Tuesday, February 10, 2009

Closer and Closer, Step by Step

When you start getting close to racing, the excitement starts to get palpable. I'm not just talking about race day, but right now. As of right now, three of our four connected runners are possibly within two weeks of starting their new years. This is when you want to skip the next day so you can find out if that next work is the one that's going to put the horse on that sharp edge, ready to fire.

I admittedly get inpatient at this time. Speaking with Bernell the other day, he mentioned that Fiz was almost there but could probably use one more work. Some folks start their horses once to get that edge. Kind of a 'public workout' if you will. I'm not a big proponent of that for several reasons: it's not really fair to the public; it's not particularly fair to the partners; and it's not fair to the horse itself.

How is the betting public to know that your horse isn't quite ready? These folks are really the lifeblood of our industry. It's the wagering that fuels this engine. Taking dead money from them is no way to run a railroad in my opinion. I respect them and I'd like to think when they see the 'Halo G' on the jock's back, they know they're backing a horse who is out there to fire.

As far as my partners go, they trust that each time out our horses are going to have a shot at winning the purse. Now, we may sometimes get ambitious when we're moving a horse up the ladder, but we're in each race to win it. I don't want to waste a valuable start - and waste their money - to get a horse ready. We've hired an expert horseman to do that in the morning. I trust him to get that job done.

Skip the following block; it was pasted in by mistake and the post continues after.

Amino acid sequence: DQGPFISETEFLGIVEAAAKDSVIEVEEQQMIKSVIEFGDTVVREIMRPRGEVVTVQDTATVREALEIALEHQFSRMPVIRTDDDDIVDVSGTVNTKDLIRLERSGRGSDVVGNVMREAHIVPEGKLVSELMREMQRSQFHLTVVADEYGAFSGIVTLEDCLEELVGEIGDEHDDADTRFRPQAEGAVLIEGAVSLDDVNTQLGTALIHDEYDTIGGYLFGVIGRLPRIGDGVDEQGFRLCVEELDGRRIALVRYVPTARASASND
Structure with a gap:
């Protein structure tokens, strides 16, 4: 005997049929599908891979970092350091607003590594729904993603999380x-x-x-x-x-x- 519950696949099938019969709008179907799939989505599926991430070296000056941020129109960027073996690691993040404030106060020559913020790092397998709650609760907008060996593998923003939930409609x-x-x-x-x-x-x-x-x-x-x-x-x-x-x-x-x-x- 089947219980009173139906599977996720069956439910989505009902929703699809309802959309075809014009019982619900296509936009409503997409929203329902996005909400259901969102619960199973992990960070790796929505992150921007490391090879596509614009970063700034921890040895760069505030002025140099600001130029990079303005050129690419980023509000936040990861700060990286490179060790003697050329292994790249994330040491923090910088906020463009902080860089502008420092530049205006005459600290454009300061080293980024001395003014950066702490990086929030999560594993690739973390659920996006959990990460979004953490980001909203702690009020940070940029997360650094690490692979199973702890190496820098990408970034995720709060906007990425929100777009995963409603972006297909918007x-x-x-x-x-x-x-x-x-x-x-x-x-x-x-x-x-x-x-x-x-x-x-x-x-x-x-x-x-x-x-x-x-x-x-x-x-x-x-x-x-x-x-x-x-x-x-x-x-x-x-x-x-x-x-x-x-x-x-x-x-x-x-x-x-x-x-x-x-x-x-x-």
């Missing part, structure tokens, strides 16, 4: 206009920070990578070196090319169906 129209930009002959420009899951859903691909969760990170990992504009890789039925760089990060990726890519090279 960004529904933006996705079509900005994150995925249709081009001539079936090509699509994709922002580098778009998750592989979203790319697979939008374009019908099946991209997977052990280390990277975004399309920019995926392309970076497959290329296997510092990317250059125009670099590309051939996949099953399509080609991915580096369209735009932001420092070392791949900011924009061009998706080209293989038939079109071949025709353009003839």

Finally, the horse itself. I'm of the opinion that a horse can get used to losing. If you run him for a sharpener with no real intention of winning, by definition he loses, right? Maybe that's comforting for him. Maybe he gets used to 'exercising' in the afternoon. I think that a horse that gets beat too often loses the will to win. Why set him up for a loss that may be the one that finally makes him hang his head and think "I can't do this."?

In any event, we're almost there. Even Missy seems to be doing better and hopefully is only about 10-days away from going back to the track. Closer and closer we get.

This time of year, two weeks feels like an eternity.


Frank said...

Keep on keepin' on, Ted. We'll keep our fingers crossed!

Steve Zorn said...

Good luck with the new horses, Ted. We've got a couple of our own who are only weeks away from a start. It's certainly an exciting feeling!